Using the VMCA to sign vRealize Operations Manager 6.2.x
The next article to add some additional merit behind why we you just went through and turned your VMCA into a subordinate of your PKI, we're going to use the VMCA to sign the certificate used by vRealize Operation Manager (vROps) 6.2.1a, greatly simplifying the certificate replacement process in just a few lines. Due to security limitations on certool, this workflow will only allow for a single-node vROps instance as VMware does not yet allow for the VMCA to provision certificates with multiple DNS entries. Hopefully this will be fixed in a later version!
Note: I want to preface the following workflow as Not Supported by VMware at the moment, and should only be performed in a lab setting.
Lets start off by accessing the PSC via SSH, and making a directory to store all our vROps related materials in. For the sake of this article, we'll just make a /vrops at the root of the system.
We'll then copy over the template certool.cfg file to the /vrops directory:
cp /usr/lib/vmware-vmca/share/config/certool.cfg /vrops/certool.cfg
Using VI or any other text editor, edit the raw template to match the proper Host OS information of the vRealize Operations Manager system. If you followed my previous article for vRealize Log Insight, you can just copy the certool.cfg you edited as you will only need to change the Name, IPAddress and Hostname fields to reflect your vROps system.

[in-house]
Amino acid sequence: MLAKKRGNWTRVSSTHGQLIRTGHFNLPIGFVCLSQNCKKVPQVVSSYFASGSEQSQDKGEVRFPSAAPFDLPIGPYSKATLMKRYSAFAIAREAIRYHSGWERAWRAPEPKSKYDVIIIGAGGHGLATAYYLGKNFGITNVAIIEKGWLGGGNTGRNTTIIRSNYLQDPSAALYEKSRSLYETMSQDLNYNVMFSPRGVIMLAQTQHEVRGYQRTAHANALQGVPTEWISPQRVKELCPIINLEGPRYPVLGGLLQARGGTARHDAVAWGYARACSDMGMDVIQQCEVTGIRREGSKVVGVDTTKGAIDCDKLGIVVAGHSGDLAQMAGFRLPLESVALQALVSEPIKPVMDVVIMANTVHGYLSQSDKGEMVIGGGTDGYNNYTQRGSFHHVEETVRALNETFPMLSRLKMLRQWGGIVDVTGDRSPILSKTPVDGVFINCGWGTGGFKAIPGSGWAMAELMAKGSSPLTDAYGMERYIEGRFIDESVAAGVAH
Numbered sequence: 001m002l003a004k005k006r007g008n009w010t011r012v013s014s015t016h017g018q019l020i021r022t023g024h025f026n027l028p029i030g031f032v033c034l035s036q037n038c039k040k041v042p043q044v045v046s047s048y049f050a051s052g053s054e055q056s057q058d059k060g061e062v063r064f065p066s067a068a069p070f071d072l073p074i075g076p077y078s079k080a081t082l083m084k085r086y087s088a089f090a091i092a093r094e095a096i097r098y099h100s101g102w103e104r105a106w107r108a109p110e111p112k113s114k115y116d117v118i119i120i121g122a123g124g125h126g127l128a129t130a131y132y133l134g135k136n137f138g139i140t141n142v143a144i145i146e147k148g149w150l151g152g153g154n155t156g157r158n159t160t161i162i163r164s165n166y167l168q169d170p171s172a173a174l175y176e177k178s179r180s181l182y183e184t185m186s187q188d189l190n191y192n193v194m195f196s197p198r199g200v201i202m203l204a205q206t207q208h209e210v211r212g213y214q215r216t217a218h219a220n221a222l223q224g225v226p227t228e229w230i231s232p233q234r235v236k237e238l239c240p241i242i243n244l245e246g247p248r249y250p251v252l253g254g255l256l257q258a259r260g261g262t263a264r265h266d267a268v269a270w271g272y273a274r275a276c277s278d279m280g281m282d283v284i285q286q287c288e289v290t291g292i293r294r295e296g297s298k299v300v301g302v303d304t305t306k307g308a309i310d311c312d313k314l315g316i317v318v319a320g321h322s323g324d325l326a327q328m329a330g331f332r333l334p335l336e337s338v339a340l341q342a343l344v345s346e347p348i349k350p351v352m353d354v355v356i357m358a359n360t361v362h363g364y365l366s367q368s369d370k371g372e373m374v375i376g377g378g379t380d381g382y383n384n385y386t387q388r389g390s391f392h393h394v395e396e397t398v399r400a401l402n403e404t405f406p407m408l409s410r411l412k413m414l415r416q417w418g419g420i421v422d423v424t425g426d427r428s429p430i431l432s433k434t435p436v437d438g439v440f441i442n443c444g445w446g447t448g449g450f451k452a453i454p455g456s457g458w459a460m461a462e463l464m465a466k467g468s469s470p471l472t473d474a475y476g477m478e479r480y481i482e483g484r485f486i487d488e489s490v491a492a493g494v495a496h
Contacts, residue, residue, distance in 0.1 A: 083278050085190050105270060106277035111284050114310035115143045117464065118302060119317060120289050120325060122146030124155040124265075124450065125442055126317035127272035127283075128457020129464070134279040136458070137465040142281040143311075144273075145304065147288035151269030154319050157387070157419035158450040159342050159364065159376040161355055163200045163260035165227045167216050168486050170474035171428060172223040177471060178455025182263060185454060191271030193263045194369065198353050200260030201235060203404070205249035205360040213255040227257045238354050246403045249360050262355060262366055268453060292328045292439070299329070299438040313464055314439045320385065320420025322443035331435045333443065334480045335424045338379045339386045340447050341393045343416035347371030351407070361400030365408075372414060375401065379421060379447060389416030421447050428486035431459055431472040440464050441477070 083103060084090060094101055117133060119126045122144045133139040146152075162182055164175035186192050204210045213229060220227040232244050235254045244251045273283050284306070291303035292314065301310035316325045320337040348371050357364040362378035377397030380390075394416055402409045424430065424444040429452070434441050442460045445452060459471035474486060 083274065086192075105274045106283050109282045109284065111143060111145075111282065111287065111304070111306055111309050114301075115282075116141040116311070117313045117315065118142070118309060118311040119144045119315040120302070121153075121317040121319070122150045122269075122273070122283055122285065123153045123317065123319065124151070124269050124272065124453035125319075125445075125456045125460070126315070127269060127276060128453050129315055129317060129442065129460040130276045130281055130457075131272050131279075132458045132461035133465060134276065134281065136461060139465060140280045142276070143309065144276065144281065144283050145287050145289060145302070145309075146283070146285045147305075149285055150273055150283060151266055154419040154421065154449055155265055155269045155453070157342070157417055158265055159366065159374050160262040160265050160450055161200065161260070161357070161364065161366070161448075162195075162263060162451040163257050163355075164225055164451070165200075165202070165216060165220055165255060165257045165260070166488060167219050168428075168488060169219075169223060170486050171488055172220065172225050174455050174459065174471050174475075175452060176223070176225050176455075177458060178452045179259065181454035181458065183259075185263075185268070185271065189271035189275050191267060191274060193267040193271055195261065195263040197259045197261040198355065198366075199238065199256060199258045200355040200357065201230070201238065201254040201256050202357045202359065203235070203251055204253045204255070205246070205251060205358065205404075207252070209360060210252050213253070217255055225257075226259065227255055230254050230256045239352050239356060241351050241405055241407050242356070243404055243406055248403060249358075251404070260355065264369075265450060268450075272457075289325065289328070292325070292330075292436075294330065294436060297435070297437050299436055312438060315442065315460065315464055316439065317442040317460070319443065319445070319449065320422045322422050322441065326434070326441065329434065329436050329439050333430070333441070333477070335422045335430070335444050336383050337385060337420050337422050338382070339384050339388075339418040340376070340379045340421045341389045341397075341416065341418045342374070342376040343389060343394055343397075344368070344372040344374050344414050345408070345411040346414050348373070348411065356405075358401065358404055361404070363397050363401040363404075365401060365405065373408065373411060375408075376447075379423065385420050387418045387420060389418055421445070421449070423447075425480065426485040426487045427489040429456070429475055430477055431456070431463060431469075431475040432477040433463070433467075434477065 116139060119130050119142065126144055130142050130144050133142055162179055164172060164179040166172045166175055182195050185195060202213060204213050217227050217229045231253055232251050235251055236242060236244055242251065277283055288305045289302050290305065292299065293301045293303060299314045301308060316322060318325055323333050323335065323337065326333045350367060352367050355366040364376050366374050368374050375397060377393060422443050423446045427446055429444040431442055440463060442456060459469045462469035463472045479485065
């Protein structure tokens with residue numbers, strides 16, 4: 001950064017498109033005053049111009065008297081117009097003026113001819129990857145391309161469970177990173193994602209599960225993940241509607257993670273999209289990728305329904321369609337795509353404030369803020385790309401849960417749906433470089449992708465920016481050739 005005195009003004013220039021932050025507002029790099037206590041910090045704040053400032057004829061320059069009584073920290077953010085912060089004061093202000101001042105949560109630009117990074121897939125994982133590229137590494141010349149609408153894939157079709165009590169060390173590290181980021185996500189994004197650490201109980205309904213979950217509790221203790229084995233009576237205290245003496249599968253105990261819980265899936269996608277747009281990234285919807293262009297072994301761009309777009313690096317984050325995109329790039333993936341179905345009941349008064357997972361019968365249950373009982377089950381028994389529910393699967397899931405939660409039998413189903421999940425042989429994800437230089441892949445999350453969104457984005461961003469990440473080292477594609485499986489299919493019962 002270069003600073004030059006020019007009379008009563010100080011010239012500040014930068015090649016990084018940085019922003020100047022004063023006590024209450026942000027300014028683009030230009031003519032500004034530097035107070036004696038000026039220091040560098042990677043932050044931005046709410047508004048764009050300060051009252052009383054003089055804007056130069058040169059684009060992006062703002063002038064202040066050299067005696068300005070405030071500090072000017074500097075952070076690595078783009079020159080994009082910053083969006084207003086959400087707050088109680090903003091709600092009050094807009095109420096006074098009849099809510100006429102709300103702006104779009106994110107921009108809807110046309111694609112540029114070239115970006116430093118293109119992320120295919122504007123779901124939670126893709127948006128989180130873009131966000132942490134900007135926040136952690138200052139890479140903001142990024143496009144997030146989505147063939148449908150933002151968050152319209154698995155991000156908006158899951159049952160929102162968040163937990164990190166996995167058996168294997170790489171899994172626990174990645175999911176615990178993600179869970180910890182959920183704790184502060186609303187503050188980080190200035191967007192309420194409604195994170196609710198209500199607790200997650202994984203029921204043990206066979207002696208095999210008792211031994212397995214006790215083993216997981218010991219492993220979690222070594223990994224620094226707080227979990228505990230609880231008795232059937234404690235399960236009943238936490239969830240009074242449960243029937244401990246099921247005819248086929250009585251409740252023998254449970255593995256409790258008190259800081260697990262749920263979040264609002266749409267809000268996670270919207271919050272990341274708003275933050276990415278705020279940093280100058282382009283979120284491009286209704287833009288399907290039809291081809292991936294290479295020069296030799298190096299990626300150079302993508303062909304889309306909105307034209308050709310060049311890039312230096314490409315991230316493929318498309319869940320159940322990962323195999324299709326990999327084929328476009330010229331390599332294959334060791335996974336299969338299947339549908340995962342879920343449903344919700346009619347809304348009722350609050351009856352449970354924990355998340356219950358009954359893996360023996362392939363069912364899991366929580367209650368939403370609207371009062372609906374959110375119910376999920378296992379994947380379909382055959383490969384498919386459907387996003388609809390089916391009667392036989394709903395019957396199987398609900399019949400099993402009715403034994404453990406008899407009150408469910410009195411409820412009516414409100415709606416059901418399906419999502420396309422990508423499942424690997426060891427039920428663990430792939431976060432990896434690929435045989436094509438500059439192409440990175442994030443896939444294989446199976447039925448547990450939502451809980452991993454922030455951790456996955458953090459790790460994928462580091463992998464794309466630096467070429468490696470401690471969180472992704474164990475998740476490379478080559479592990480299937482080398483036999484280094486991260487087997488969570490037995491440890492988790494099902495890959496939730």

Once completed, using the certool (see VMware's Command Reference for an explanation of all of the CLI commands), we'll go through and generate the public key, private key, certificate, convert the supplied key into RSA, and then wrap that all into an importable PEM file.
Generate the key pairs via the following certool command:
/usr/lib/vmware-vmca/bin/certool --genkey --privkey=/vrops/vrops.key --pubkey=/vrops/vrops.pub
Generate the certificate via the following certool command:
/usr/lib/vmware-vmca/bin/certool --gencert --cert=/vrops/vrops.cer --privkey=/vrops/vrops.key --config=/vrops/certool.cfg
Convert the private key into a RSA private key via the follow OpenSSL command:
openssl rsa -in /vrops/vrops.key -out /vrops/vrops_rsa.key
Concatenate the files into a single *.pem file for uploading to vROps using the following. This will append the RSA key on top of the certificate, outputting the final *.pem file.
cat /vrops/vrops_rsa.key /vrops/vrops.cer >> /vrops/vrops_final.pem
This should look like the following:
Download the vrops_final.pem file from the PSC using your favorite SCP client, and then head over to the vRealize Operations Manager server.
Log into your vRealize Operation Manager server with an administrative user. In the upper right-hand corner, click on the SSL Certificate button in between your user and the Refresh button. In the SSL Certificate windows, click on Install New Certificate.
In the Install New Certificate window, click on Browse and locate your vrops_final.pem we created earlier and click Open.
Once loaded and all of the pre-flight checks passed, you'll be ready to click Install. Once clicked, wait while the certificate is updated with vROps.
After vROps is up and running again, log in and validate that your certificate was imported successfully. Then revel in a job well done.